The electrical system of Falcon is composed of 2 main components - motor control and wireless communications. See the fritzing schematic at the bottom of the page
Using the clearpath motors in Pulse Burst Positioning mode, the ClearPath motors move a distance proportional to the number of pulses sent to the motor’s input. To move the motors a known distance, a variable number of pulses is sent to the motor, where each pulse moves the shaft 1/800th of a revolution. The ClearPath internally calculates trajectories and acceleration profiles, and commands can be chained together to create smooth, longer movements.
We calibrated the ClearPath motors using the built-in software and tested different velocities and accelerations until we found a smooth one we were happy with. We initially used a high acceleration, but quickly learned that made the motion jerky because we are controlling with Pulse Burst, meaning many quickly commands are being sent in succession. When transitioning to a smaller acceleration, the motion was much smoother, which is important for attaining quality footage.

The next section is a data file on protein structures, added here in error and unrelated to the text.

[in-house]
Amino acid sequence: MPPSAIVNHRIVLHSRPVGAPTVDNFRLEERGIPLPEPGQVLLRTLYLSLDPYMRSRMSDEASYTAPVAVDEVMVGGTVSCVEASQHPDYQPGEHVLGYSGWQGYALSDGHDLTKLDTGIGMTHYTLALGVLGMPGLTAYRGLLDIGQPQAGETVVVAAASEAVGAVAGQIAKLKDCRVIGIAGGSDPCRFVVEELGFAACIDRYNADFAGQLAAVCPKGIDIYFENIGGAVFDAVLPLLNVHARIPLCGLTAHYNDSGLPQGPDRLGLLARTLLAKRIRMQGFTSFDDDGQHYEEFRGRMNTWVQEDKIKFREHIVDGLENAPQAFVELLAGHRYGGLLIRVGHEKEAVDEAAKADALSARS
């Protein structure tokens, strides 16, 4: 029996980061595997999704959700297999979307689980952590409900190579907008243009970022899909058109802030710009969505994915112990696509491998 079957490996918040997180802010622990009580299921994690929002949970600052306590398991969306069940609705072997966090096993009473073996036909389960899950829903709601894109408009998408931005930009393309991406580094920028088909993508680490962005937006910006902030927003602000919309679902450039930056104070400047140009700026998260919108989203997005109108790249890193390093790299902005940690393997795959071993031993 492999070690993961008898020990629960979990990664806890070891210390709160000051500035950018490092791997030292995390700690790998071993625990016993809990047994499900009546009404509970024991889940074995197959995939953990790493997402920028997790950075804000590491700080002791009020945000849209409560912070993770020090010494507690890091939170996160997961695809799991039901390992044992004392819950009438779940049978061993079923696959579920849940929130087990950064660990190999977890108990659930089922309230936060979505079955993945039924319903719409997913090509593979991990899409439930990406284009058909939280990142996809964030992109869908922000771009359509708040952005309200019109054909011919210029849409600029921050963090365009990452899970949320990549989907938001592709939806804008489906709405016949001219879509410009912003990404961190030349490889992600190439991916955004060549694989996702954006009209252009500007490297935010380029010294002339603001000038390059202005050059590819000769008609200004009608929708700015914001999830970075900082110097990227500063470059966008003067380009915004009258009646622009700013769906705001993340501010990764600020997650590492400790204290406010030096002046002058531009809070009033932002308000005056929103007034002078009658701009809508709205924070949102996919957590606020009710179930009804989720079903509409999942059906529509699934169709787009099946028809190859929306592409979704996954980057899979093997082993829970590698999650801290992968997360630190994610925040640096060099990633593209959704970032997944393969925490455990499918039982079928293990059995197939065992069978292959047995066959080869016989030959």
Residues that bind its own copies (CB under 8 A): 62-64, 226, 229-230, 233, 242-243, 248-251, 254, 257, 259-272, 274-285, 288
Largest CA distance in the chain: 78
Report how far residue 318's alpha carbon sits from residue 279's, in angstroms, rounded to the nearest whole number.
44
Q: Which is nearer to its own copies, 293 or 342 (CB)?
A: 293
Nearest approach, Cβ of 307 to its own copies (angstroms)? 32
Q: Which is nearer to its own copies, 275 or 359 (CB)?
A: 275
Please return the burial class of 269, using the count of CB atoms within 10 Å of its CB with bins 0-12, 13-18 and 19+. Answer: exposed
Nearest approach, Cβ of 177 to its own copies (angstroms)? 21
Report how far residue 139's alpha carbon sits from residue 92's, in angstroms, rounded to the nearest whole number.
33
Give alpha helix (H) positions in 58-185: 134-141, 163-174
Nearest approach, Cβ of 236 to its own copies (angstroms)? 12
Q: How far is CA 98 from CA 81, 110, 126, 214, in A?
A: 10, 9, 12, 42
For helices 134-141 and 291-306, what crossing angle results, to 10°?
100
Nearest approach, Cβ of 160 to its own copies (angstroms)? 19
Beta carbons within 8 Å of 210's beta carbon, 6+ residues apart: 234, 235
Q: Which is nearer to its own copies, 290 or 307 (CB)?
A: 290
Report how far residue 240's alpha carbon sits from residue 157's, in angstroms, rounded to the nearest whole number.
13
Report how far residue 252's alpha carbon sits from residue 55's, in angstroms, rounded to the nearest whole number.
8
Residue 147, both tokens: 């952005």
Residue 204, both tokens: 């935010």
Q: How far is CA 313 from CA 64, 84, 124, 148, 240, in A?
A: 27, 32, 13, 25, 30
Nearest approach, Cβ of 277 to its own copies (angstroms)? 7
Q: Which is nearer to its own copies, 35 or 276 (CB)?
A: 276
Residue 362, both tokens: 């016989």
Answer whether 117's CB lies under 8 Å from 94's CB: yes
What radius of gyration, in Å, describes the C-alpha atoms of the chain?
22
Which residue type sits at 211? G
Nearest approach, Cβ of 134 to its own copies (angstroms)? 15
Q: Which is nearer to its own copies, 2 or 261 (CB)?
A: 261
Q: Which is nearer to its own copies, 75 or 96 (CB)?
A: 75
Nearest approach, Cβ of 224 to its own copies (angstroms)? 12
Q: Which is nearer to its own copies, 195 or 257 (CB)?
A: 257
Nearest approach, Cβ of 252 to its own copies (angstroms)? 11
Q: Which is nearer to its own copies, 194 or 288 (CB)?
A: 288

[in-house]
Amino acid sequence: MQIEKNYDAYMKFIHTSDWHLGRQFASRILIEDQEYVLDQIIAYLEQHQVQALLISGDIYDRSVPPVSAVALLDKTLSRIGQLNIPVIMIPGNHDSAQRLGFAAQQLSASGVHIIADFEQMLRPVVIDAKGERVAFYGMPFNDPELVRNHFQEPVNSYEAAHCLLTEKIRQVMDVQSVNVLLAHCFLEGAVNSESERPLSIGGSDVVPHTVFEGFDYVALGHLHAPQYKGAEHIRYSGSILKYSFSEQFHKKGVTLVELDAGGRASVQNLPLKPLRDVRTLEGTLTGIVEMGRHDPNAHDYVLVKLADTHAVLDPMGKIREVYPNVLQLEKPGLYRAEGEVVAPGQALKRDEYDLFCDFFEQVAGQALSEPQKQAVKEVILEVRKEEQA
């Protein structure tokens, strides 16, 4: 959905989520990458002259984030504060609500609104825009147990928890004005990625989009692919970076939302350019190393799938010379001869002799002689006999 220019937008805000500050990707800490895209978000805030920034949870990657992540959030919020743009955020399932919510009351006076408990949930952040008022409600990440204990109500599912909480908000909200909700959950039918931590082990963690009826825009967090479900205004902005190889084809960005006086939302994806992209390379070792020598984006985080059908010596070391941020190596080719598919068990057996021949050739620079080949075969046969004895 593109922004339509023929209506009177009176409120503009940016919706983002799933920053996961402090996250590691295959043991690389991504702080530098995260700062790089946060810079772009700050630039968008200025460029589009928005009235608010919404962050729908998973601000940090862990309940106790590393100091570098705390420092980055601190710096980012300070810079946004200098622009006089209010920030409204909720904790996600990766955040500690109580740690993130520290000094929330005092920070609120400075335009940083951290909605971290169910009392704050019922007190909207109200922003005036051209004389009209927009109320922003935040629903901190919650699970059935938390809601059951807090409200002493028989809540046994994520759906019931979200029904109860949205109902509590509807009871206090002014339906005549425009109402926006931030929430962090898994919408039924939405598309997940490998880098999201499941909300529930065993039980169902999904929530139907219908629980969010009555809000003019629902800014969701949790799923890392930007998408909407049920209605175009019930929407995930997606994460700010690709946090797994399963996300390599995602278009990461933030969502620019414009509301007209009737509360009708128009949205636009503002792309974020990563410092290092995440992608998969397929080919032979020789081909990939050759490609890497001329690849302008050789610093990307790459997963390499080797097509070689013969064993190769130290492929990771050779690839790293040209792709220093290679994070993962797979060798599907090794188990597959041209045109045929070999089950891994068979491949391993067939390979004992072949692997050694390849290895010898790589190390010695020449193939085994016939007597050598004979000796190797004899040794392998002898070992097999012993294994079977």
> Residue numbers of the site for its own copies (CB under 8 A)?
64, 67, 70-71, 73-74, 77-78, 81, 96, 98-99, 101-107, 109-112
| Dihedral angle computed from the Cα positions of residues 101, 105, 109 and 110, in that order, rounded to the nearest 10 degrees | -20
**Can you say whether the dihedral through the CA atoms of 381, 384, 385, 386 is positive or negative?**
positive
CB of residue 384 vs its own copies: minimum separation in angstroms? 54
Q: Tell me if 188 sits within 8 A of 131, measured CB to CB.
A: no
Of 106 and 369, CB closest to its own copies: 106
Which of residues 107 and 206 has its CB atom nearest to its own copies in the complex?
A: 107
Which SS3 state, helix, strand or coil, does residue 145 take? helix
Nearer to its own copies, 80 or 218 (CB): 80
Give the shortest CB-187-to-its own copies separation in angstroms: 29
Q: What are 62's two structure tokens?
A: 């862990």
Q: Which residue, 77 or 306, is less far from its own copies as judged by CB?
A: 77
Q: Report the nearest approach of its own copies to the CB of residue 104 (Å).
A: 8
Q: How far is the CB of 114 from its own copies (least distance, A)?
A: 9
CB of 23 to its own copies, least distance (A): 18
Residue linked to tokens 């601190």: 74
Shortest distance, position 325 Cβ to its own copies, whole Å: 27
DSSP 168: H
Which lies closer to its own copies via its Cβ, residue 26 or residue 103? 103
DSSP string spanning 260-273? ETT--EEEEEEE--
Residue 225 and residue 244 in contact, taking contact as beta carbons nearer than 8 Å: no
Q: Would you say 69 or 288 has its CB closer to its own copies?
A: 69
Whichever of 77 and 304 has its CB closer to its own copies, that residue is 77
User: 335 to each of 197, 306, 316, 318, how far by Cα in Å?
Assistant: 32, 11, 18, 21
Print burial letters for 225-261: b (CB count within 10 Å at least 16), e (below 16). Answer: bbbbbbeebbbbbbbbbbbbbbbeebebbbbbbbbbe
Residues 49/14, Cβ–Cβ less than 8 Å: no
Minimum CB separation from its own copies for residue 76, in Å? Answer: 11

In the final setup, the motors will be mounted an unknown distance apart, making the design of a wired system difficult and non-optimal. Thus, Falcon uses bluetooth to control each of the node’s motors wirelessly. We used the RN41 Class 1 Bluetooth Modules to control each Arduino. These modules are high-power enough to maintain consistent and reliable communication at distances up to 100 meters. Each Arduino is addressed and controlled remotely using a serial connection over the Bluetooth protocol at a configured baud rate of 9600-115200.